Australia and international travel: 12 bits of positive news

I get it. It's doom and gloom out there. Even if you're not locked down right now the world of travel isn't exactly filled with positivity. Many state borders remain shut in Australia; the outward international travel ban is still in place. Will this ever end?

And yet, there's good news if you want to find it. Small improvements are being made. Dramatic changes are in the works. And the signs are there that one day, maybe even sooner than you think, we'll be able to indulge this passion once again.

If you're craving a little positivity, here are 12 pieces of good news to focus on.

Australians are getting vaccinated, fast

Australia as a nation has historically had a very high rate of vaccine up-take, and it's no different for the various COVID-19 jabs. After an – ahem – enforced slow start, we find ourselves well along the pathway to a level of immunity that will hopefully make lockdowns and border closures a thing of the past, and travel a thing of the present. Right now, more than 47 per cent of Australians over the age of 16 are double-vaccinated. In NSW it's almost 55 per cent. In ACT it's even higher. We're doing this.

Vaccines work, and will open travel doors

You can pick and choose your country and your age groups to paint a picture of our global battle against COVID-19 as either rosy or rock-bottom, but the truth is that the vaccines available in Australia have been proven to be very effective at staving off serious illness and COVID-19-related death. Getting jabbed will make you safer. And, it will open doors to the world, with many of our favourite destinations – including Italy, France, Singapore, Thailand and Canada – making life much, much easier for vaccinated arrivals.

Travel restrictions are already easing

We have picnics! Which once didn't seem much, but these days is the greatest thing in the world. Lockdown restrictions are already easing in NSW and Victoria, and will continue to do so over the next few weeks and months. In NSW, intrastate travel is due to resume when the 16+ population hits 70 per cent double-vaccinated, which could happen in just two weeks.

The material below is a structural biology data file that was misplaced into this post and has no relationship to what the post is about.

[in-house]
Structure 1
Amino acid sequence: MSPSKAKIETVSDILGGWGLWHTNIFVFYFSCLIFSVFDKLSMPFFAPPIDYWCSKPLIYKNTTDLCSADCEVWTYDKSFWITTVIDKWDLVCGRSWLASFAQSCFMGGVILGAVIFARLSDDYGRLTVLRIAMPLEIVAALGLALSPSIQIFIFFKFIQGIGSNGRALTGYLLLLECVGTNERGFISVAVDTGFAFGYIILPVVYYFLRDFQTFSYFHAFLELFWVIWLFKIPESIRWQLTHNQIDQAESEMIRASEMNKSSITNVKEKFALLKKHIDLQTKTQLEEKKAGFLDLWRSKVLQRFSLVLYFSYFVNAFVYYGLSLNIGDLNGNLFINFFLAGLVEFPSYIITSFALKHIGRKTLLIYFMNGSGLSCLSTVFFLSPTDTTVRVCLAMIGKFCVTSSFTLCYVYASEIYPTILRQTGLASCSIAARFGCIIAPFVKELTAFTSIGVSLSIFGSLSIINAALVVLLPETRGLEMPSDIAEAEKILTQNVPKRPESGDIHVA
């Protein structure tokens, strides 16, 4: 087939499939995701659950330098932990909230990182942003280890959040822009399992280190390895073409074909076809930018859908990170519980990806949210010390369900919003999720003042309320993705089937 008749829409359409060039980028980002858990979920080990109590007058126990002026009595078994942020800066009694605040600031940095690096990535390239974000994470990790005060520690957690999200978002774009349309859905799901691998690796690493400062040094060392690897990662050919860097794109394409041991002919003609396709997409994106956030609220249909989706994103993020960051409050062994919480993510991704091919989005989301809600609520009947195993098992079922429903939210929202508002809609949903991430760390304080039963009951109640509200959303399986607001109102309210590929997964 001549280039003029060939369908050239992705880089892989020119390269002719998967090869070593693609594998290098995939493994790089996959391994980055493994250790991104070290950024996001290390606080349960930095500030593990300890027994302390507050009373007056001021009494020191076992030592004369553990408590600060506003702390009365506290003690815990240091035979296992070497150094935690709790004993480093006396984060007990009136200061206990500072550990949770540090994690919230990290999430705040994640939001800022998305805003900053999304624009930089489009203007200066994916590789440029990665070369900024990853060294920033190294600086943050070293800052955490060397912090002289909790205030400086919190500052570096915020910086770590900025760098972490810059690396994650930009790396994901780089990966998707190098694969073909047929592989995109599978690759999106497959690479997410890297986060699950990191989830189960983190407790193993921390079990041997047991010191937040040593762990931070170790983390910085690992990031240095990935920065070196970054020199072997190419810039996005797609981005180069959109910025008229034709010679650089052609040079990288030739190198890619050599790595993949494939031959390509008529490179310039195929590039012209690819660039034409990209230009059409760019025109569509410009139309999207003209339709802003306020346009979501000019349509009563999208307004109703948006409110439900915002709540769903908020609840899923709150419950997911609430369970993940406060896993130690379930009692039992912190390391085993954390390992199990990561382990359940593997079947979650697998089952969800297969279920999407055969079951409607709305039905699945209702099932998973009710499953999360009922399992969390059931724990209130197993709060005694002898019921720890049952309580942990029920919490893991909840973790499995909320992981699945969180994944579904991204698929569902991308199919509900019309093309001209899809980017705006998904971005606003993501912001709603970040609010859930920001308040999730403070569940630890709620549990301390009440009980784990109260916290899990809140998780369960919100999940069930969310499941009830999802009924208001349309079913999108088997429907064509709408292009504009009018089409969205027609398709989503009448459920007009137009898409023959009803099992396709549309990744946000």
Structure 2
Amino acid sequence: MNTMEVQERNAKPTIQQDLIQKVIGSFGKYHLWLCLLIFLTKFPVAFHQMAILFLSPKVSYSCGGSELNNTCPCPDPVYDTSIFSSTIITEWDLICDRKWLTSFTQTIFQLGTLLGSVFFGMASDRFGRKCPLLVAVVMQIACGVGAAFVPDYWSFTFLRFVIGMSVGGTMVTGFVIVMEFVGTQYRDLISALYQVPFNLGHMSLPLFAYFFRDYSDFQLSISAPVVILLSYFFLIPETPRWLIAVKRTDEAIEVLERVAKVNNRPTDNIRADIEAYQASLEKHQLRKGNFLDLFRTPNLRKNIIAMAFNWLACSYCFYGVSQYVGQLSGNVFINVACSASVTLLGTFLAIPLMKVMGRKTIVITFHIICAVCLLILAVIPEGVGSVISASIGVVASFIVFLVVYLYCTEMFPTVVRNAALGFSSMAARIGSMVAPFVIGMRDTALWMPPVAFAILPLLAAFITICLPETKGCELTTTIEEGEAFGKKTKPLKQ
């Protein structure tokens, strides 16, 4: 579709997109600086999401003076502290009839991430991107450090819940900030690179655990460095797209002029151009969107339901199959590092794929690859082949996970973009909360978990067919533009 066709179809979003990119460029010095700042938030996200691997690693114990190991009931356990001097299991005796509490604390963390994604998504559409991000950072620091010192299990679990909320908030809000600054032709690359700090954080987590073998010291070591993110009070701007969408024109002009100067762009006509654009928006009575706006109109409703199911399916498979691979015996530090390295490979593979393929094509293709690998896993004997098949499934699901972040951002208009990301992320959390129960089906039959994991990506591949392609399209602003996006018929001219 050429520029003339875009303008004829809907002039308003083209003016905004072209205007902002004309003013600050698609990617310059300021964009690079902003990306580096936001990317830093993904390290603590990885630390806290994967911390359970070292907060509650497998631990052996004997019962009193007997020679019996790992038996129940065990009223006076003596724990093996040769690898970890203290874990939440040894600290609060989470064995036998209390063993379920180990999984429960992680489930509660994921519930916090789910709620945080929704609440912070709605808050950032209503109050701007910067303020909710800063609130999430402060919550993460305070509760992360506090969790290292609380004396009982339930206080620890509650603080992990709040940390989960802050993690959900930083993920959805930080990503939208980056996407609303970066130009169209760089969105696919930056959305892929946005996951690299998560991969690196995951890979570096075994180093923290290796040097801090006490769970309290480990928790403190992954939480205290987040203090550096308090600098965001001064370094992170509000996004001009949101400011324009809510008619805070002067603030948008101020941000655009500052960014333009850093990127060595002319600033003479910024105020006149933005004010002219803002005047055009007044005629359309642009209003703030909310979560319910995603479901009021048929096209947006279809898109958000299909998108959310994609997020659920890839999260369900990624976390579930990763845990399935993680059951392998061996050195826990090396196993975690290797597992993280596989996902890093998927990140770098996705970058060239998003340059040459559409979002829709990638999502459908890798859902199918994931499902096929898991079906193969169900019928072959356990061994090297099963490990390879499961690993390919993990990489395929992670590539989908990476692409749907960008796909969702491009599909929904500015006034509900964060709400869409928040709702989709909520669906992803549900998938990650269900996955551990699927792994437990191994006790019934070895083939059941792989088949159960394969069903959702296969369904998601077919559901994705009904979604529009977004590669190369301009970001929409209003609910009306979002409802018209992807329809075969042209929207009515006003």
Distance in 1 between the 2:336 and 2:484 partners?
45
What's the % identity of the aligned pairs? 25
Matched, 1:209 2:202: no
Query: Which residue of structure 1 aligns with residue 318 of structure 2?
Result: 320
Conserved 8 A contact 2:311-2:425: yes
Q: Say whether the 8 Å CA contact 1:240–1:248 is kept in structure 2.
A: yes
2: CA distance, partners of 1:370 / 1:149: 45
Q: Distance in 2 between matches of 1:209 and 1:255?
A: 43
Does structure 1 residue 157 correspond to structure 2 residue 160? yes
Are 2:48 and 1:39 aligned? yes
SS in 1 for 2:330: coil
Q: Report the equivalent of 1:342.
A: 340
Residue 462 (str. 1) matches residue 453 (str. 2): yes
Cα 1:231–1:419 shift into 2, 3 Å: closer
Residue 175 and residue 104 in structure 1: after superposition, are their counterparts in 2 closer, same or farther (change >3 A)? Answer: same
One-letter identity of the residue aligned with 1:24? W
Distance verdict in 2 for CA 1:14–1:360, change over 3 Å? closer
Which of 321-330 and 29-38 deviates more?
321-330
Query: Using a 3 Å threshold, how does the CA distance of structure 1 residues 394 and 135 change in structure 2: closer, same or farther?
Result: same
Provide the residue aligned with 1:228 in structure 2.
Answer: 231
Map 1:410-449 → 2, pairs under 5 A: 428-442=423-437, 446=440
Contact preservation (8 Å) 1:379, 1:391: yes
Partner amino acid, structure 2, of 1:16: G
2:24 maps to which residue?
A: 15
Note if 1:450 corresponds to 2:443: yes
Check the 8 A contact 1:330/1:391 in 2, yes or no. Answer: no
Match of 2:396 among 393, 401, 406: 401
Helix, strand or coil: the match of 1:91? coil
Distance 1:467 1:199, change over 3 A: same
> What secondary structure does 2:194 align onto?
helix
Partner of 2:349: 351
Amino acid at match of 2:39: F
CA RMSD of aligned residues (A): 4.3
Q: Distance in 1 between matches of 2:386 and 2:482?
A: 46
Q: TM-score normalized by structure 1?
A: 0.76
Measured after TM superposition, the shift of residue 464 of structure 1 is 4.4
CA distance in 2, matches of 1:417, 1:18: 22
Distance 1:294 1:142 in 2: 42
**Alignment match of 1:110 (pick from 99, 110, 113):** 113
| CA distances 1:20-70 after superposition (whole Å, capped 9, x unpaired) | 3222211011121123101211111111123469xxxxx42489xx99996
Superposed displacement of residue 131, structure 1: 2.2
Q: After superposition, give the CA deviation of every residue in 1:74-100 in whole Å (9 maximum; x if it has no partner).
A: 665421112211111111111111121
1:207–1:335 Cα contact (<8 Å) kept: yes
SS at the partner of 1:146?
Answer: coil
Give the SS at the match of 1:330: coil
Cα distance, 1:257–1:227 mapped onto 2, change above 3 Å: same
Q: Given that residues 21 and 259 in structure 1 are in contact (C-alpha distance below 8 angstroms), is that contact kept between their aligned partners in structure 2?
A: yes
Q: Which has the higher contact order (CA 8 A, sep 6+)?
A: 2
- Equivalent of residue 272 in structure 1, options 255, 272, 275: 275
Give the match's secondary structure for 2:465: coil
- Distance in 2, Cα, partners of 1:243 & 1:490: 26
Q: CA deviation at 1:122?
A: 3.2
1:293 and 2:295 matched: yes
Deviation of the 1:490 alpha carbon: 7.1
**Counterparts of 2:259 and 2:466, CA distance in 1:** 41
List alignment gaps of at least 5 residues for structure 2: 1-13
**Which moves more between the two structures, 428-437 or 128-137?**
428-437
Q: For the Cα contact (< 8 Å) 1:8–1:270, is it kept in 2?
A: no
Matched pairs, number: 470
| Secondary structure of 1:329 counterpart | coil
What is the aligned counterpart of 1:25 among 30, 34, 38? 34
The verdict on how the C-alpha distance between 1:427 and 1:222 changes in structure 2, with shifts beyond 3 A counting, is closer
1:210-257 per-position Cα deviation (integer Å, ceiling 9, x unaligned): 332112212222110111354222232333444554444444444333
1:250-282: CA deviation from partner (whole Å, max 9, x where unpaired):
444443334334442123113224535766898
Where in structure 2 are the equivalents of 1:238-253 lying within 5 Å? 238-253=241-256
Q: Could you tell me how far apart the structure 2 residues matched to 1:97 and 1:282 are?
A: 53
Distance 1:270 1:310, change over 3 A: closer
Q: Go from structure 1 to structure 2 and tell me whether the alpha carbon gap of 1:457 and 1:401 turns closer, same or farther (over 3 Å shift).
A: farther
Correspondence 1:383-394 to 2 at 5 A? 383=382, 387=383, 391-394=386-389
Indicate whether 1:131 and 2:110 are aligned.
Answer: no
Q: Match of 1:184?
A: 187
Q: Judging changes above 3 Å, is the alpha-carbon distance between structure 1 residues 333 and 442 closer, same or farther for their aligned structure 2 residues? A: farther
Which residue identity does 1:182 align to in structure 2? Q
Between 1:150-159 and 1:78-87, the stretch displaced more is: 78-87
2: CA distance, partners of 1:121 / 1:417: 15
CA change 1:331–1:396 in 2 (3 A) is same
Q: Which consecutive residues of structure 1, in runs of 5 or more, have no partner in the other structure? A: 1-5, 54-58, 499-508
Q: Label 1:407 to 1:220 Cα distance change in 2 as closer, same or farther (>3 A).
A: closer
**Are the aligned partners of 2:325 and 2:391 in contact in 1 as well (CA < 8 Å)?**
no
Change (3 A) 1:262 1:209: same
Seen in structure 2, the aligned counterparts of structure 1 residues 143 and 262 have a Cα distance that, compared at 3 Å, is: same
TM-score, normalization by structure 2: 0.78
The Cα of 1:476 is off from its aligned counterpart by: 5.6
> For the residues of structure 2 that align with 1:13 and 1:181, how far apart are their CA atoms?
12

Home quarantine trials have begun

Hallelujah! The most obvious step towards a travel-filled future is finally happening in Australia. The South Australian government has begun a home-quarantine trial with interstate travellers, and has recently included overseas arrivals. Benevolent Victoria has allowed some residents stuck north of the Murray to return home to quarantine. And NSW, which is already allowing some Paralympic athletes to do home quarantine, has announced a seven-day trial for 175 overseas arrivals to home-quarantine from next month. Baby steps.

International flights from Australia have been announced

Though you have to take these announcements with a grain of salt – how many times has Qantas declared the return of international travel now? – there's still reason to hope that this time, it's for real. Last week, Qantas announced the resumption of several major international routes, including to London, LA and Tokyo, beginning December 18. At the same time, Air Canada announced the resumption of its Sydney to Vancouver flights from December 17. A reminder: Australia's outbound travel ban is due to expire on December 17. Fingers crossed.

Overtourism is being addressed

FILE-- A cruise ship passes by St. Mark's Square filled with tourists, in Venice, Italy, Sunday, June 2, 2019. Declaring Venice's waterways a “national monument,” Italy is banning mammoth cruise liners from sailing into the lagoon city, which risked within days being declared an imperiled world heritage site by the United Nations. Culture Minister Dario Franceschini said the ban will take effect on Aug. 1 and was urgently adopted at a Cabinet meeting on Tuesday. . (AP Photo/Luca Bruno)

Venice has banned large cruise ships from its main ports. Photo: AP

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Travel was broken, in some ways, before it ground to a halt. Overtourism was rife, and it was doing lasting social and environmental damage. However, the global pause in tourism has allowed some destinations to reset, and introduce rules to limit future damage. Venice, for instance, has banned large cruise ships from its main city ports, and introduced a per-day visitor cap and tourist tax. Amsterdam has placed restrictions on short-term rentals. Barcelona has introduced an app to allow visitors to avoid crowded attractions. And in New Zealand's Milford Sound, plans have been tabled to ban cruise ships from the inner sound, and tax overseas visitors.

Responsible tourism is being planned